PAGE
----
Sprint / Finish

Background

You are now in the metaphorical sprint section of your degree course. In bicycle racing the sprint finish occurs at the end of the race. Energies that have thus far been conserved must now be spent!

Taking this sporting metaphor and turning it into an actual area of study, this project asks you to consider sport as a vast sector where design is ever present, from high value commercial work to humble improvisations. Organised sport has some of the widest audiences of any human activity and therefore it’s visual components are dragged centerstage. Sport has philosophical, social and political implications and can be given new visual dimensions as these contexts shift. Yet sport also presents us with conventions and conforms to expectations, which designers may choose to challenge!

To begin this project you will need to:

1) Define sport according to your own understanding. Quite what the boundaries of sport are is up to you. You may combine or even challenge existing definitions.

2) Identify an area, consistent with your own definition, that might present opportunities for design. Some areas of interest are outlined by the introductory lecture but by no means is this definitive.

3) Consider how fresh design activity might add “value” to this area.

Adding “value” may suggest increasing revenue but it may also concern exposing or promoting information, enhancing wellbeing, building community or challenging inequity. In some way design (as a process that includes research, analysis, strategy and synthesis) should exert some influence.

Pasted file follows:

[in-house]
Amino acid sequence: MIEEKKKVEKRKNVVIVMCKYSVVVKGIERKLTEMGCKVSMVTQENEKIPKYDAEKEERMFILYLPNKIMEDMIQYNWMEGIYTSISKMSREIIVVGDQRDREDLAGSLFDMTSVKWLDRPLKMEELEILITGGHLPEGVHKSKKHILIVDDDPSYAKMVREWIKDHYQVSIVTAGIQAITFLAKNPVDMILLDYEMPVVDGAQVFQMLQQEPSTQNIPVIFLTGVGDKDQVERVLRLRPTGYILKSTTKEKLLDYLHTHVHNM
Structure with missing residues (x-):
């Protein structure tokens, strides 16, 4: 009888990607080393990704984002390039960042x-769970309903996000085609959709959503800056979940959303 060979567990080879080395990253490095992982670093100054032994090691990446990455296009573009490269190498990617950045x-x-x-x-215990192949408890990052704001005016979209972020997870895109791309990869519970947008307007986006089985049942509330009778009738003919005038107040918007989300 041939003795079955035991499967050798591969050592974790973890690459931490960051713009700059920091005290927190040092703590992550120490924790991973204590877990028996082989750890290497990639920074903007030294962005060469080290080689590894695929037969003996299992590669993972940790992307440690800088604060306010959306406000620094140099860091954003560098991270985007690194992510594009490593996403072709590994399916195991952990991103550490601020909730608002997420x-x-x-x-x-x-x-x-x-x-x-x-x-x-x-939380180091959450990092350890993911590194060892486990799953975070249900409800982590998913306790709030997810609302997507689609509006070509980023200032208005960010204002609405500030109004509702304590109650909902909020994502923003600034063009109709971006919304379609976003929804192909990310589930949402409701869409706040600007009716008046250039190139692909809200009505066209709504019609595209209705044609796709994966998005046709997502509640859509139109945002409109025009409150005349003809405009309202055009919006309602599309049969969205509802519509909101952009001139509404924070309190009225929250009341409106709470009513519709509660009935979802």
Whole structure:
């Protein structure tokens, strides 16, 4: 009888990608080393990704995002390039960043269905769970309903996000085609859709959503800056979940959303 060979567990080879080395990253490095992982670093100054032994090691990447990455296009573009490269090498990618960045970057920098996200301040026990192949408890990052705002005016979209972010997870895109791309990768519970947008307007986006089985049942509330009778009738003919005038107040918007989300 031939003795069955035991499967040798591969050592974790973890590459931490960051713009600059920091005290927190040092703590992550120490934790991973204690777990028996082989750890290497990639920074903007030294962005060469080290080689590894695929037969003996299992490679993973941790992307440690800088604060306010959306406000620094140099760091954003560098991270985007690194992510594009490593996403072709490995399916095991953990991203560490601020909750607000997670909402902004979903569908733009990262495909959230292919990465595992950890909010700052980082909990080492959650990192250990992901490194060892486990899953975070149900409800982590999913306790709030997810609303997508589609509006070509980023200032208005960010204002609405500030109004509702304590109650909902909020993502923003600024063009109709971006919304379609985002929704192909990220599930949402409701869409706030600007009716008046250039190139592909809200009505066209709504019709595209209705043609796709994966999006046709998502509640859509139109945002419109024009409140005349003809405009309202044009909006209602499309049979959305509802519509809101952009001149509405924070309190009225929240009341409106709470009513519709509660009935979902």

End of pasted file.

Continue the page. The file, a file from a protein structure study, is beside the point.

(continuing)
By now you will have realised that briefs are really a means to structure learning, to direct you towards a specific space or activity. As your education evolves briefs tend to afford more and more space to the student, to promote trust in your own sense of opportunity, direction and individual agenda.

For this reason there is no brief per se, only a single theme; sport.

Students have previously:

  • Produced a film to promote a youth boxing club in Whitechapel
  • Designed large typographic installations to promote the philosophy of Bruce Lee
  • Produced a range of furniture based on sports equipment
  • Created a portable stencil system to provide court layouts to itinerant communities
  • Created a system of graphic “stains” that draw attention to negative behaviour in professional football

Schedule

This project will run for 8 weeks.

Module wide tracking will take place at Week 7.

You will be required to present your project at Week 8, which will mark the conclusion of the project from a teaching point of view.

More details on the presentation TBC.

Module Learning Outcomes

  • Select, develop and utilise appropriate professional activities in Graphic Design for the creative industries.
  • Research, test and apply advanced presentation and production skills.
  • Select, evaluate and utilise a range of documentation and presentation solutions of effective self promotion in a professional context.
  • Verbalise and articulate key skills and personal progress in an appropriate format.

Module Assessment and Weighting

  • 25% of your mark will be for your Learning Journal It must demonstrate investment of 78 practice hours.
  • 75% of your mark will be for your portfolio and supporting work It must demonstrate investment of 237 practice hours.